Lauren Ridloff is one of the biggest symbols of diversity in Hollywood. She is breaking down barriers and showing that disability is not inability. Compared to other actors, Lauren’s breakthrough in the acting industry came relatively late.
However, she looks and feels right at home among the stars of the film industry. She carries a level of boldness and confidence that you don’t see every day. Lauren’s has quite the success story. Keep reading to find out more about her.
She credits her parents for giving her a strong sense of identity
Lauren was born on 6th April 1978 to a Mexican-American father and an African-American mother. Initially, her parents thought that her deafness was a developmental delay, but they later realized that she was deaf.
Lauren’s parents were determined to offer her the best opportunities to succeed in life. They rejected the notion that her disability would hamper her education and professional career. Lauren’s parents initially sent her to a Catholic school with hearing children. The school was very accommodative of Lauren, and it offered a translator to allow Lauren to follow in class.
As a child, Lauren didn’t think that deaf people became adults. She hadn’t encountered deaf adults in her life, and it was confusing. Her parents weren’t deaf, and so she didn’t have anyone to look up to. It caused her to develop a shy personality. Lauren’s perspective changed when she attended the Model Secondary School for the Deaf in Washington DC.
Ridloff said in an interview with NowThis Entertainment;
“My parents made a very difficult decision to send me away to school… I grew up in Chicago and they sent me to Washington D.C. The reason, again, was that they wanted me to develop a strong sense of identity in an environment where everyone signed. And that was the first time I really saw deaf adults. I saw Deaf people who were professionals, who were teachers, who were scientists, who were researchers. And that blew my mind.”
It was during her time in high school that she realized that she didn’t have a singular identity. She was a deaf woman who didn’t fit into any particular ethnic group. She said;
“We were all taking a practice test, and we had to fill out the driver’s license request form and I remember I got to this box and I was supposed to select my ethnicity. There were only a few boxes and I couldn’t choose one…I remember that day I picked the word ‘other’ for the first time, and it was a big realization. ‘Other’. I am an ‘other’. What does that mean? So I realized that I had more than one identity. And there was a way to label that: It was ‘other’. That wasn’t ideal, but it was a first step.”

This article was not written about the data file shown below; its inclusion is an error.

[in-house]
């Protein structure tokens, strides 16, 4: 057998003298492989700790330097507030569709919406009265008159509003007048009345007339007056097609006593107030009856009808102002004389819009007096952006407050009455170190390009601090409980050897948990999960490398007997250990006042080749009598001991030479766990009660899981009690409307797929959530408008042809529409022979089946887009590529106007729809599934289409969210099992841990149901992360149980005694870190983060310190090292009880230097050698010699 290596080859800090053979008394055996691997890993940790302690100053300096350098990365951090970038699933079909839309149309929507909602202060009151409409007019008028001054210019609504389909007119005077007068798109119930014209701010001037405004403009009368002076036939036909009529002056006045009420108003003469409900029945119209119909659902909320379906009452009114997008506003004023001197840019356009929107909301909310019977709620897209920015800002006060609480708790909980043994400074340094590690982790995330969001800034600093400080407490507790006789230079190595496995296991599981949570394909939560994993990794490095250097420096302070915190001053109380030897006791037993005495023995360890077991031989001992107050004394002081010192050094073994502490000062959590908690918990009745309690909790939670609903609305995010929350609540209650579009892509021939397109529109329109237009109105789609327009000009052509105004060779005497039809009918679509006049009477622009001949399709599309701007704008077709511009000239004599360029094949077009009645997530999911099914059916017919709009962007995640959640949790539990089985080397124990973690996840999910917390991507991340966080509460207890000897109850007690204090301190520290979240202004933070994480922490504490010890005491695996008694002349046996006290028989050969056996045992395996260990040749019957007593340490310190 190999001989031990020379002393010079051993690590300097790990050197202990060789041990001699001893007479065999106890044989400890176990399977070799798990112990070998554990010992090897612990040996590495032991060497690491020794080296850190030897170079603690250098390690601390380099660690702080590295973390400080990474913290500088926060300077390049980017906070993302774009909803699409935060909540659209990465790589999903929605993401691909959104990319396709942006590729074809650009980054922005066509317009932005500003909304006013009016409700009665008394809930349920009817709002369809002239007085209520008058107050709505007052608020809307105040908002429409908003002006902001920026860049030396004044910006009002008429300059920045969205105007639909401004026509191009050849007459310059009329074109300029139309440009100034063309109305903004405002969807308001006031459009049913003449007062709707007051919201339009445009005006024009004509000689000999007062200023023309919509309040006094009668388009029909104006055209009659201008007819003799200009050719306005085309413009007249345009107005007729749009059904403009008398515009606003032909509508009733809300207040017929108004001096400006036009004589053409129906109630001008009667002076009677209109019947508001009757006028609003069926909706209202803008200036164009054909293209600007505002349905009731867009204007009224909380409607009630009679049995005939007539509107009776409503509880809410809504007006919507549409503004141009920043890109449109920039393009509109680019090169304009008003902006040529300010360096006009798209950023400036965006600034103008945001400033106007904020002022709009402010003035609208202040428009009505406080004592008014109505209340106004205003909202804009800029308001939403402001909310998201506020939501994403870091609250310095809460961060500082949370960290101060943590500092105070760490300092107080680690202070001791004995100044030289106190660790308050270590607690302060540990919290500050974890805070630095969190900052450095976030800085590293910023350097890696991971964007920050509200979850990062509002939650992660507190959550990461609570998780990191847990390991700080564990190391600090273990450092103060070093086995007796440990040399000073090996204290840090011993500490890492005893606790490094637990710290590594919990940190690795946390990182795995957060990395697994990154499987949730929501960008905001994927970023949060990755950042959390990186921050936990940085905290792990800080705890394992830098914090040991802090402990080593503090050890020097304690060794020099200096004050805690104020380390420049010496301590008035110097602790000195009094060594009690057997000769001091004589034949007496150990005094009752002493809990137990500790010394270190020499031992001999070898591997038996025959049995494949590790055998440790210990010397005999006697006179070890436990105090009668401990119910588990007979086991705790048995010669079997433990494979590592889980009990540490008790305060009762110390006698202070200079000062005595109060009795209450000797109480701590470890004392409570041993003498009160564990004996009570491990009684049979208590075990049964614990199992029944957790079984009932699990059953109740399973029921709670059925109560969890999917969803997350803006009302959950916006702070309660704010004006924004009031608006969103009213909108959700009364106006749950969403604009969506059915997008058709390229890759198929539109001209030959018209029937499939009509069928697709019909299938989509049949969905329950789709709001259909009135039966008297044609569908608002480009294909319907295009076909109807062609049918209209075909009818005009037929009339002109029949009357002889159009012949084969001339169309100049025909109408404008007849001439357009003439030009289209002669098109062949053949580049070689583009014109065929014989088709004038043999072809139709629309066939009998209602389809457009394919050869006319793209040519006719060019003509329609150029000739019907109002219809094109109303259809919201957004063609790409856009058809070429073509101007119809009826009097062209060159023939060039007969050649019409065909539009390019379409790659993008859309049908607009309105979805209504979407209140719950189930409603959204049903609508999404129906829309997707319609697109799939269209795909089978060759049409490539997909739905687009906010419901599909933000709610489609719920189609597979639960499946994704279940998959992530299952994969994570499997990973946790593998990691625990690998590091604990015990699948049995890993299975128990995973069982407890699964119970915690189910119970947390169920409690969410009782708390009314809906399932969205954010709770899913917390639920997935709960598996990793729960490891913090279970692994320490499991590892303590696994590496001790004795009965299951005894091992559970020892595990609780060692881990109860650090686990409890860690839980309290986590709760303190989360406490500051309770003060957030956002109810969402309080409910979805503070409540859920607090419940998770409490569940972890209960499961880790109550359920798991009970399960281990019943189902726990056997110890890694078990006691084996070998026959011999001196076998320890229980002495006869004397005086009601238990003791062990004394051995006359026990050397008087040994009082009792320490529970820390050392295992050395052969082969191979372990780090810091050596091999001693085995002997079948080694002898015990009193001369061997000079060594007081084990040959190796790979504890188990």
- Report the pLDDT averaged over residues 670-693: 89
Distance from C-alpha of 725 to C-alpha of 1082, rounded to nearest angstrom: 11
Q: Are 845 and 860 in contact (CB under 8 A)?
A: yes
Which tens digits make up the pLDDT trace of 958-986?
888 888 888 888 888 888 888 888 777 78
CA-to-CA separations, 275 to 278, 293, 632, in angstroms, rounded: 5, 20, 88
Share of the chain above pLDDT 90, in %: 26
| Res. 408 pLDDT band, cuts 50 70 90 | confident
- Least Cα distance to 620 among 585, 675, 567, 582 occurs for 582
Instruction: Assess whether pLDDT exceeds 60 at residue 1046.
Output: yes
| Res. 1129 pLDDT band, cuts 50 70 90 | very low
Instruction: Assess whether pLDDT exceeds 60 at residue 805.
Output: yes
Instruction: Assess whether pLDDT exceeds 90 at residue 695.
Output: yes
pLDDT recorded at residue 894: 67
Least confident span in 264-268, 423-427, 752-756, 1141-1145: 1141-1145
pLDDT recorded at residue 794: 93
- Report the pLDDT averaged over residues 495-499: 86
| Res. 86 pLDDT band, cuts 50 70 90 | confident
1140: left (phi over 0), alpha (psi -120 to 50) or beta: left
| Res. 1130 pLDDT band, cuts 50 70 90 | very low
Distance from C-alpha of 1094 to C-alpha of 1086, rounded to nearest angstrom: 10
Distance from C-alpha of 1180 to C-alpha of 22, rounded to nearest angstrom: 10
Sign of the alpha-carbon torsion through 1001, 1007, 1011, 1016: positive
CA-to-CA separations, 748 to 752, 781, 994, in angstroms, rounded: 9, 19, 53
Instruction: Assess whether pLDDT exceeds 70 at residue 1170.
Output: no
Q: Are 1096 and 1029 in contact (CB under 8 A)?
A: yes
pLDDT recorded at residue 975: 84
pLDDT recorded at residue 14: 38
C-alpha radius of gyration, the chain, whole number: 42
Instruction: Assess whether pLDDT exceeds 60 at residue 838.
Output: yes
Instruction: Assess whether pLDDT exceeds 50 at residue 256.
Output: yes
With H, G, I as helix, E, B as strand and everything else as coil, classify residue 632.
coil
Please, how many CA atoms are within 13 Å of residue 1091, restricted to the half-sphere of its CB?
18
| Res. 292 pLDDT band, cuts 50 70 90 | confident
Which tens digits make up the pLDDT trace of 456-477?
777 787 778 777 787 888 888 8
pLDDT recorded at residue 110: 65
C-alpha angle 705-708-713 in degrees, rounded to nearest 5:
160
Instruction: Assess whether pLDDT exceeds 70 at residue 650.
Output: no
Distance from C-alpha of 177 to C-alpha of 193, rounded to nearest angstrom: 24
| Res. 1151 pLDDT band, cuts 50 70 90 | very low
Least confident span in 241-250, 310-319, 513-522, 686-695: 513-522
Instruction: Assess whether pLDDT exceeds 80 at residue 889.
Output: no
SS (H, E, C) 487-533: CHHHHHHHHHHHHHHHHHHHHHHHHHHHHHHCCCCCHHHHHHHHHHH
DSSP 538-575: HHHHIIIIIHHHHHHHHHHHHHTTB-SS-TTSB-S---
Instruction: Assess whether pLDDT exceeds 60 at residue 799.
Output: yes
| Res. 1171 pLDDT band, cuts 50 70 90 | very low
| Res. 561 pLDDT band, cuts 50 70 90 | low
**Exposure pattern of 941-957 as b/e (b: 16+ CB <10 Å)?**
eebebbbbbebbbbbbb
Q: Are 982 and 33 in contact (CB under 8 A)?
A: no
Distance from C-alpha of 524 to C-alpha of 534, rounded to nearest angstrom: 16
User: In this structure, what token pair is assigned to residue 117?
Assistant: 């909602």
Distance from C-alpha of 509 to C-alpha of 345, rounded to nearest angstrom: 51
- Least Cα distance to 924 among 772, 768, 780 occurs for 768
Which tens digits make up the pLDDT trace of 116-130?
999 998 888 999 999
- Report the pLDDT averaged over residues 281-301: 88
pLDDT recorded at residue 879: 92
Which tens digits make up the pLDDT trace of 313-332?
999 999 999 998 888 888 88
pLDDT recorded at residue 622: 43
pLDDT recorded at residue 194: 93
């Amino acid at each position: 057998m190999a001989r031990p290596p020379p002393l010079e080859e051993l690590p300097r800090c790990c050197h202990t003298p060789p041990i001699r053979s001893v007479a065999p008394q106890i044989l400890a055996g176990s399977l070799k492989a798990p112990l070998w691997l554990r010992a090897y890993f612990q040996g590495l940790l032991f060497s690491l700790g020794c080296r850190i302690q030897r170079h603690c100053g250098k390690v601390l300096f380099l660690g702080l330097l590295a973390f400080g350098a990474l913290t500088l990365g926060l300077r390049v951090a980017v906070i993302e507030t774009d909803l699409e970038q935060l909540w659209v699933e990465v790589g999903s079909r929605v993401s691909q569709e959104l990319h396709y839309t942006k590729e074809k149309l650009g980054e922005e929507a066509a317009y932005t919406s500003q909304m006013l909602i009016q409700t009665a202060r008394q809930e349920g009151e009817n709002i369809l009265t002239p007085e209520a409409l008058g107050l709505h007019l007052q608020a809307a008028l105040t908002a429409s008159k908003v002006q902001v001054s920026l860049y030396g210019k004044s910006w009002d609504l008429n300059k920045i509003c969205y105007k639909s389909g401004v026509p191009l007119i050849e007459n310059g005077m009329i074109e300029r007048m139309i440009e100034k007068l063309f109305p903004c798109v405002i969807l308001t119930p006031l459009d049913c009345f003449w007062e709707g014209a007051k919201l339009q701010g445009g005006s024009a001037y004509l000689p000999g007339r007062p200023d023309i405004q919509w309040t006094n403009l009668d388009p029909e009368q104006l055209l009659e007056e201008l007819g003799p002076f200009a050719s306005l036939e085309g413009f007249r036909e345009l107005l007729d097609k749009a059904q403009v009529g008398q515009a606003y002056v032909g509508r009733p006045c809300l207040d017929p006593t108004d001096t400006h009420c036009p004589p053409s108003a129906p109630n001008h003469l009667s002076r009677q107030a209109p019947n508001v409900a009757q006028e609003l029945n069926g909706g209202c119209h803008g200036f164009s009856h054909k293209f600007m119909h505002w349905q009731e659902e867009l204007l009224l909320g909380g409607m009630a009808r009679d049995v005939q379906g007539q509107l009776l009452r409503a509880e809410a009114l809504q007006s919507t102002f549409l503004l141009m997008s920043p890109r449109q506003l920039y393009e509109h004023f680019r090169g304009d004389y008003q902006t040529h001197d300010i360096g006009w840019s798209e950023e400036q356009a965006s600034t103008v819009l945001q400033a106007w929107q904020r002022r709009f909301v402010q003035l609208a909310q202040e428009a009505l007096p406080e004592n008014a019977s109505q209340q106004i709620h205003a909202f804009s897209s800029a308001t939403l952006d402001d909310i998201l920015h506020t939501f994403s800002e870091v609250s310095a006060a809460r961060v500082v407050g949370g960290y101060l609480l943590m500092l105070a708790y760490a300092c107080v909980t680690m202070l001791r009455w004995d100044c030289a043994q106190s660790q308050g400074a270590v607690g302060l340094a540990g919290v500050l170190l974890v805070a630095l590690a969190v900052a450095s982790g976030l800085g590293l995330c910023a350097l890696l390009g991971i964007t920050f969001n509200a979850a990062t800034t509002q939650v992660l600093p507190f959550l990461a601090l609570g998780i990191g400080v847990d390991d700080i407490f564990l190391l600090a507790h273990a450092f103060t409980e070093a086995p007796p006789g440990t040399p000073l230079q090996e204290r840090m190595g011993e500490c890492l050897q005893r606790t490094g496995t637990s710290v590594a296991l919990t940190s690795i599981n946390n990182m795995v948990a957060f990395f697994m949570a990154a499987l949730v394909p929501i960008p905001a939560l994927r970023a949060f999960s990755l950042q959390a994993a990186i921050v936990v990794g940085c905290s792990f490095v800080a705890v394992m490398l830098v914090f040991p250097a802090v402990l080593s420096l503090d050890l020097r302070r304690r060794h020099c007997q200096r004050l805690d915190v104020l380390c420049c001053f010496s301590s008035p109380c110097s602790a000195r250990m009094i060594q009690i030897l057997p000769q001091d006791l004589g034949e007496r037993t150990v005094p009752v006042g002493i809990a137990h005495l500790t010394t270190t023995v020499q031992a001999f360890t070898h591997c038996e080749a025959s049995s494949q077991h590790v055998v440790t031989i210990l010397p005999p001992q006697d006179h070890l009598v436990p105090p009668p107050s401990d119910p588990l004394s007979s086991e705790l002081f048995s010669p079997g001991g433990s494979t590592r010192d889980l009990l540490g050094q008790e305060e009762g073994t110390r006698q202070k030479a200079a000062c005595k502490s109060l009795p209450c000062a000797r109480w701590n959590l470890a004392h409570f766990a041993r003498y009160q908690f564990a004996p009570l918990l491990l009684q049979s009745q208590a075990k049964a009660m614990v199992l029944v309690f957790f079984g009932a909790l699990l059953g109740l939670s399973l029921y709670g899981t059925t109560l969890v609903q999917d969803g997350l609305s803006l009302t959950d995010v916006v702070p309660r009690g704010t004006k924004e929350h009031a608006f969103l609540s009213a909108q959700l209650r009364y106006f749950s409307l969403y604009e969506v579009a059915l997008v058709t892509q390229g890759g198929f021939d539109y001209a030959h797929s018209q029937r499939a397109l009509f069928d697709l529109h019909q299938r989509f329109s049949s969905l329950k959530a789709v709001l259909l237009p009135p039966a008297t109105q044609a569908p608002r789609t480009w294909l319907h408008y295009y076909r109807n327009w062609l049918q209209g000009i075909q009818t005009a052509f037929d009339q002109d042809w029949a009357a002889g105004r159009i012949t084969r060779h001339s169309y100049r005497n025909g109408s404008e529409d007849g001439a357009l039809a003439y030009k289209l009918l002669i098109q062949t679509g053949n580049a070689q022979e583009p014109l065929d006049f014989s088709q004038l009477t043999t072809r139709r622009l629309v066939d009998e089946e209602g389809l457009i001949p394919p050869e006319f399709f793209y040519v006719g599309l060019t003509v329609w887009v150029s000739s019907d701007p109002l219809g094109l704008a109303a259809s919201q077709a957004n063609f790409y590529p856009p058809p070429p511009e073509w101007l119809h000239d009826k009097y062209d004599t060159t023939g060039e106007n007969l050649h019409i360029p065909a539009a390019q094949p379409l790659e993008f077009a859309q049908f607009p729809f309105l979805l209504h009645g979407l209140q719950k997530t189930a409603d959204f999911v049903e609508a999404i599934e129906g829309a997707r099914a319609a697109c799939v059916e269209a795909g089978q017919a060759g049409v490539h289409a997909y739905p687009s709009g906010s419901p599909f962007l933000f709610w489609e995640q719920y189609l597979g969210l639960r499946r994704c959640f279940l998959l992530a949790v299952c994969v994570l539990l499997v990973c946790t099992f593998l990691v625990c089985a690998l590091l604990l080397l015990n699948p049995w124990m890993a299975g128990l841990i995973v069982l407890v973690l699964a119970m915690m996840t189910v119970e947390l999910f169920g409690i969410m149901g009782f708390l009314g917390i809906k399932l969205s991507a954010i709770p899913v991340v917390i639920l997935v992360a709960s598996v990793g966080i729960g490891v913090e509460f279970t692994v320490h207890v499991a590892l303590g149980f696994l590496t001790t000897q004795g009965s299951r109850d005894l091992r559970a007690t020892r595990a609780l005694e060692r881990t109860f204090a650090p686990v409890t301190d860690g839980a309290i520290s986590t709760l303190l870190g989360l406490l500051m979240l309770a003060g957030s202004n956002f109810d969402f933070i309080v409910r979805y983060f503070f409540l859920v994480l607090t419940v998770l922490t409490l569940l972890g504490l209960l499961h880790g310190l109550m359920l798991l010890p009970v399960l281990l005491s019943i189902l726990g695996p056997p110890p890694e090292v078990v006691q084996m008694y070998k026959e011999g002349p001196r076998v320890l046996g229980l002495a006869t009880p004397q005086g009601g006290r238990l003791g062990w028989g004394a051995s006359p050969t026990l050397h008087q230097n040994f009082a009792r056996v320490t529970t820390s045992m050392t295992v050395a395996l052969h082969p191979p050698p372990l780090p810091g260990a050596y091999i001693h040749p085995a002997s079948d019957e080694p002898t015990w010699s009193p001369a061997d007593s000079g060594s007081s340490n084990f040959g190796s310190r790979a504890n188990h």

She landed the role of Sarah Newman in Children of a Lesser God after tutoring the director for a year
After high school, Lauren went to the University of Illinois, where she earned a degree in Creative Writing. Lauren won the Miss Deaf America crown during her time at University. The title was about ambassadorship and not about modeling. After that, she moved to New York to study education.
She worked as a teacher in New York, before taking a break to take care of her young son. It was during this period that she met with Children of a Lesser God director Kenneth Leon. Lauren was Leon’s American Sign Language instructor. Over the next year, Lauren taught Kenneth all there was to know about sign language and about being deaf.
The lead male actor for Children of a Lesser God was Joshua Jackson, but Kenneth was struggling to find a lead female character. Kenneth asked Lauren to try out the role during an early table read. Lauren booked the role without auditioning. According to the New York Times, Kenneth said;
“If you didn’t know her resume, you’d swear she’d been doing this her whole life. You’re dealing with an actress that doesn’t know what she’s doing, and communicating with her in a language she doesn’t speak, and trying to connect another actor to her – but she had a presence that I thought could transfer easily to the stage, and she has instinct enough that she can’t make a false move.”
Children of a Lesser God wasn’t a huge hit, but it served as Lauren’s big break. She played the role of a cleaning woman who falls for a teacher at school. Lauren earned a Tony Award nomination for her role in the Broadway play. Marlee Matlin won an Academy Award for the same role in the 1986 film adaptation. She praised Lauren’s performance in an email sent to the New York Times;